The Virginian is a Western. The plot outline sounds stupid and generic: Tenderfoot Nameless First Person Narrator goes out west and meets Handsome Strong Silent Hero Who Lives By A Perfect Code of Honor And Therefore Must Occasionally Take The Law Into His Own Hands (aka "The Virginian"). Tenderfoot also meets Beautiful Young Schoolteacher Who Loves Hero But Fears Her Family Won't Accept Him Because His Lineage And Manners Aren't As Classy As Hers. Oh yes, and there's also Mean Drunken Yellow-bellied Bad Guy Who Makes Things Difficult For Hero.
How does this book rise above these generic plot elements? Well, for one, it has a bit of humor. One of my favorite parts is Schoolteacher's first appearance in the book. She's written a letter inquiring about the teaching position, and Tenderfoot, Virginian, and Minor Character are discussing it. The letter is hilarious: she inquires whether she could sue if the Wyoming climate ruins her complexion, she comments that she may be unsuited for teaching because she leaves out the "u" in "honor," and finally she signs it "your very sincere spinster." Though Minor Character "over whose not highly civilized head certain portions of the letter had highly passed" takes the letter at face value ("I guess that means she's forty"), The Virginian immediately susses that she couldn't be more than twenty, and thus "the seed of love" is sown.
For another, it is so much about the land. Here's The Virginian and Schoolteacher on their honeymoon:
They passed through the gates of the foot-hills, following the stream up among them. The outstretching fences and the widely trodden dust were no more. Now and then they rose again into view of the fields and houses down in the plain below. But as the sum of the miles and hours grew, they were glad to see the road less worn with travel, and the traces of men passing from sight. The ploughed and planted country, that quilt of many-colored harvests which they had watched yesterday, lay in another world which they had watched yesterday, lay in another world from this where they rode now. No hand but nature's had sown these crops of yellow flowers, these willow thickets and tall cottonwoods. Somewhere in a passage of red rocks the last sign of wagon wheels was lost, and after this the trail became a wild mountain trail. . . . Full solitude was around them now, so that their words grew scarce, and when they spoke it was with low voices.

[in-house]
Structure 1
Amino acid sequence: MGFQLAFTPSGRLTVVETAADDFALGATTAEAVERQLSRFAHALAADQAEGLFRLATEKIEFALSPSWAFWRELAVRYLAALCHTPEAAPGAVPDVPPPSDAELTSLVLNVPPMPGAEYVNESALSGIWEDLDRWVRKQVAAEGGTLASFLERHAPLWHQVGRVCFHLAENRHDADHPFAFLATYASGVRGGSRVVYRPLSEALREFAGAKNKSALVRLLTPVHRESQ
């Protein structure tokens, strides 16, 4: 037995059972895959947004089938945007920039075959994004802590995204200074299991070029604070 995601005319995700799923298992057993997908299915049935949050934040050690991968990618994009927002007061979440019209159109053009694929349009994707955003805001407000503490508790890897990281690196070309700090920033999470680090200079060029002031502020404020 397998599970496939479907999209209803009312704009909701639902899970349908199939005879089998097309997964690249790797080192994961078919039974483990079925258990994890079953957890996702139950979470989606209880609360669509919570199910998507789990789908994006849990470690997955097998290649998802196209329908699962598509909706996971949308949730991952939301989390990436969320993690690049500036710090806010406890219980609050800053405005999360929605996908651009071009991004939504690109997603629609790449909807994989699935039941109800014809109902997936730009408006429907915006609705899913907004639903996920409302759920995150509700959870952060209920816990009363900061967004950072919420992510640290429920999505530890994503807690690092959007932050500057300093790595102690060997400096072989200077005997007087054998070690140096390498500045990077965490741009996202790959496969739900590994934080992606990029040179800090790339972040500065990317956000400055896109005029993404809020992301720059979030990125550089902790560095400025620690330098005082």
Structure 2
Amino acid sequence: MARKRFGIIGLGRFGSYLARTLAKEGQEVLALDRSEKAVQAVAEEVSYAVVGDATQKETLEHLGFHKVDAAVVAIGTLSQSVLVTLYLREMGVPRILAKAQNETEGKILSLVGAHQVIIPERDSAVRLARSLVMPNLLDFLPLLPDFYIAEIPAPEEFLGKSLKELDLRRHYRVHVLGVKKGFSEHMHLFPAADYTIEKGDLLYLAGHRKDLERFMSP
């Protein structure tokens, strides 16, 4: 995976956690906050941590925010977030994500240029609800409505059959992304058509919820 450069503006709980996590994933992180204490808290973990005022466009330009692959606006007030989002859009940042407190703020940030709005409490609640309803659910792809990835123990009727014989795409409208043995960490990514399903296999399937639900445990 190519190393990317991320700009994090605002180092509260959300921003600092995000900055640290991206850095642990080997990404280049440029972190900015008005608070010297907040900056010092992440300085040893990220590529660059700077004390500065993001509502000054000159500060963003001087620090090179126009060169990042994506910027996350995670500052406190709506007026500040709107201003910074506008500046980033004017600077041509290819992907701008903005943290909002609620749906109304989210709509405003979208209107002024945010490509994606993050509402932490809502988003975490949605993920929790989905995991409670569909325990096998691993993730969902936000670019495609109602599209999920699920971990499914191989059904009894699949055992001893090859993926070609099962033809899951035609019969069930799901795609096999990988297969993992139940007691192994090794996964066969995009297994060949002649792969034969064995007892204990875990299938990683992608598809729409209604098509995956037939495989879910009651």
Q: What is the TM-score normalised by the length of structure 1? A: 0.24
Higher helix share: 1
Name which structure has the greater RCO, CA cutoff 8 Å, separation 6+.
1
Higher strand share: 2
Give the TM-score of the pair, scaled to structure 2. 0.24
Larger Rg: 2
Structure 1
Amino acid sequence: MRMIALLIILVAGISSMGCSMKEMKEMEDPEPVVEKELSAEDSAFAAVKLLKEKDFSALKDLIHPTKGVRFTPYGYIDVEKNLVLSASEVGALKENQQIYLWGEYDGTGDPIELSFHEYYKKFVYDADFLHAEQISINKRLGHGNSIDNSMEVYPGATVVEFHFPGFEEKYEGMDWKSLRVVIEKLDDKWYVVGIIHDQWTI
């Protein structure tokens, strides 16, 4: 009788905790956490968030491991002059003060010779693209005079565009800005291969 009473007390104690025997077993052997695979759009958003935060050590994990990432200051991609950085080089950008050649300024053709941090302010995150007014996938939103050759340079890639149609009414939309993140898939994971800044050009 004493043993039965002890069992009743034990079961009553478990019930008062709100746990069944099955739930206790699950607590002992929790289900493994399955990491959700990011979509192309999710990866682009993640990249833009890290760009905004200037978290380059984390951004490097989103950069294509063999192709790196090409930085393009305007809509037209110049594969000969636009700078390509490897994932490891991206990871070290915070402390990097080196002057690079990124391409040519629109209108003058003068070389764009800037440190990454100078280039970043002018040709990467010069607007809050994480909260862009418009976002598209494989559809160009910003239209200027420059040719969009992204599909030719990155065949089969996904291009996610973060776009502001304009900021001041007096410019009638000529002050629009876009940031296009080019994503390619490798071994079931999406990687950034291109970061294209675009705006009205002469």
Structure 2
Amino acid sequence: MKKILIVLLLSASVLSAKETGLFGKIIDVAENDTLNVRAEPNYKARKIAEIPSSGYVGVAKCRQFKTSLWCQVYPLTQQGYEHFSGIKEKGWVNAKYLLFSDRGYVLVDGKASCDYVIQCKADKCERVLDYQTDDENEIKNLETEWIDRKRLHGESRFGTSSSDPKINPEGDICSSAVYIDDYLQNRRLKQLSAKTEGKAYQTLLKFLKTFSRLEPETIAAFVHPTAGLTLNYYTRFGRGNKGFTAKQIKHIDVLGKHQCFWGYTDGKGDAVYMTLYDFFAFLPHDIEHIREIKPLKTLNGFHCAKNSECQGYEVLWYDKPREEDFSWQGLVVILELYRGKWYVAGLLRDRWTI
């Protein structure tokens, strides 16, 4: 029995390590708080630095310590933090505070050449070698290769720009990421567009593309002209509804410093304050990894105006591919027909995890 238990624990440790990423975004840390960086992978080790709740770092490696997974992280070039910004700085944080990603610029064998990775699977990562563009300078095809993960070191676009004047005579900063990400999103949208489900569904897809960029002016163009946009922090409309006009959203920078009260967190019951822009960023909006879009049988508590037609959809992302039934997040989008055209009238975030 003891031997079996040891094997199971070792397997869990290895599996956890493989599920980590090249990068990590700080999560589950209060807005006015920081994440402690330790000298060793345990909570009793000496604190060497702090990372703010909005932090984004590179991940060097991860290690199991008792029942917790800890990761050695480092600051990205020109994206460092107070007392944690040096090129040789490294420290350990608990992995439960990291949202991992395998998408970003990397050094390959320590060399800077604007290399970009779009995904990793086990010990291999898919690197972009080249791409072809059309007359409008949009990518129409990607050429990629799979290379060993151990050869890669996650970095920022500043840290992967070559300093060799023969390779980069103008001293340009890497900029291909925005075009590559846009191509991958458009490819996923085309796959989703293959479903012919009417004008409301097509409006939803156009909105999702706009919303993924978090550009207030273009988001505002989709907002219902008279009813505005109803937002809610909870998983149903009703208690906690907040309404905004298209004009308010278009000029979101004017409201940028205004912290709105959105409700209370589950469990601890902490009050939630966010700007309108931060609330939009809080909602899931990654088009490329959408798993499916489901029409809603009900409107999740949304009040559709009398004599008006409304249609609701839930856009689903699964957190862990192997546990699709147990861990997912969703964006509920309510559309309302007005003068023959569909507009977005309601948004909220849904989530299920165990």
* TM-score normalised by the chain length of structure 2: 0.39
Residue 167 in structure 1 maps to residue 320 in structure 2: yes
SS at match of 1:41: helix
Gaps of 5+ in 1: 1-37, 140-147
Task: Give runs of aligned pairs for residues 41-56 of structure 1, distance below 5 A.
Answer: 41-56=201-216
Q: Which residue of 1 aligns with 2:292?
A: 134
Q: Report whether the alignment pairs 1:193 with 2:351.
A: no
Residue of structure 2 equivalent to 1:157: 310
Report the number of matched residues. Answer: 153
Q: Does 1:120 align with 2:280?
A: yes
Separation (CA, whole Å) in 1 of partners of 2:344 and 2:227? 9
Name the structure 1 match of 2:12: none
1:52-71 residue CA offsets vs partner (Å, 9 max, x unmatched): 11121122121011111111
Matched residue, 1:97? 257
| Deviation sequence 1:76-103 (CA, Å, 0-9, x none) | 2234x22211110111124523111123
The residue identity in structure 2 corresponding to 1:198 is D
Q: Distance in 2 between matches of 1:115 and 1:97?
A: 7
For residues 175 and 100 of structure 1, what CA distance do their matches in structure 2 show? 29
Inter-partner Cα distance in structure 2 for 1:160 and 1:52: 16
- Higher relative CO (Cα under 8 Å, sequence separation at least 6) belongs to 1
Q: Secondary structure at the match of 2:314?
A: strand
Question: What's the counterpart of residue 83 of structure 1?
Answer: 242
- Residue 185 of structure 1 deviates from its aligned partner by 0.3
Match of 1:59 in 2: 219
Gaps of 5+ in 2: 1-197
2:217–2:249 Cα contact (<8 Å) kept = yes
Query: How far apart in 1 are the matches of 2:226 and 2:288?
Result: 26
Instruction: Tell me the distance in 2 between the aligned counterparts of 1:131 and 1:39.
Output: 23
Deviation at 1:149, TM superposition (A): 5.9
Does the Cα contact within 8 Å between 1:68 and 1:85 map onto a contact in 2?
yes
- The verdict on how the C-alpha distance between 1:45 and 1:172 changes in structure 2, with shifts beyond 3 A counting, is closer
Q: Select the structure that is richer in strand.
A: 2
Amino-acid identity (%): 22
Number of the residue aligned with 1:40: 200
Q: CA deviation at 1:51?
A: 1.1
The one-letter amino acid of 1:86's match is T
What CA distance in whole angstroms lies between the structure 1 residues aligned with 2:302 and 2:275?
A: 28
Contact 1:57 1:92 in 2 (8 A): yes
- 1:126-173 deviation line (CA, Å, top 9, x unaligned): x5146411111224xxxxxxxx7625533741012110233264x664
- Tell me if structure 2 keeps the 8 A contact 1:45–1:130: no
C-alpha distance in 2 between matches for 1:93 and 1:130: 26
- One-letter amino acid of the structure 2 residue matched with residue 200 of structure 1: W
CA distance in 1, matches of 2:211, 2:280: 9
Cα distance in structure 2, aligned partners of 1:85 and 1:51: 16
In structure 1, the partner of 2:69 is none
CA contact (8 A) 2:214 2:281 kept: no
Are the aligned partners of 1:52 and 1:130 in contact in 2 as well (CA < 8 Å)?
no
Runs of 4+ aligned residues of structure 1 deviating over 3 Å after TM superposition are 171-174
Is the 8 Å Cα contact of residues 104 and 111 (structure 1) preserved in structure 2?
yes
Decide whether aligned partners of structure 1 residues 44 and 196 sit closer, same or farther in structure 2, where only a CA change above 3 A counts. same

Sigh! This book was written almost at the time that it takes place (first published in 1902). Owen Wister was really there. The characters may be idealized heroic/romantic stereotypes, but Wyoming -- that's what he really saw!
The Virginian is not without flaws. The worst, in my opinion, is that for much of the book Tenderfoot is narrating events, conversations, thoughts, and feelings that he wasn't privy to. Once or twice his deep friendship with Schoolteacher is briefly alluded to, and we must assume she told him "everything" -- but it doesn't quite work. And Tenderfoot is not a well-defined character. Why is he even in Wyoming? Maybe Wister didn't want to delve too deeply into Tenderfoot's character for, ahem, other reasons, such as the fact that Tenderfoot's first description of The Virginian is "a slim young giant, more beautiful than pictures."
Another thing I didn't like was that although it's mentioned many times that The Virginian must take matters into his own hands because the judicial system is so corrupt, we don't really see the corruption. I would have liked the corruption to be more integral to the plot since it's so integral to The Virginian's motivations.
Still and all, I love Westerns, and I love idealized romantic heroes. This one was a page-turner. I was so worried that The Virginian might not live through the final showdown with Bad Guy that I actually flipped ahead to check -- something I normally would never, never do.
Thanks again, Ella!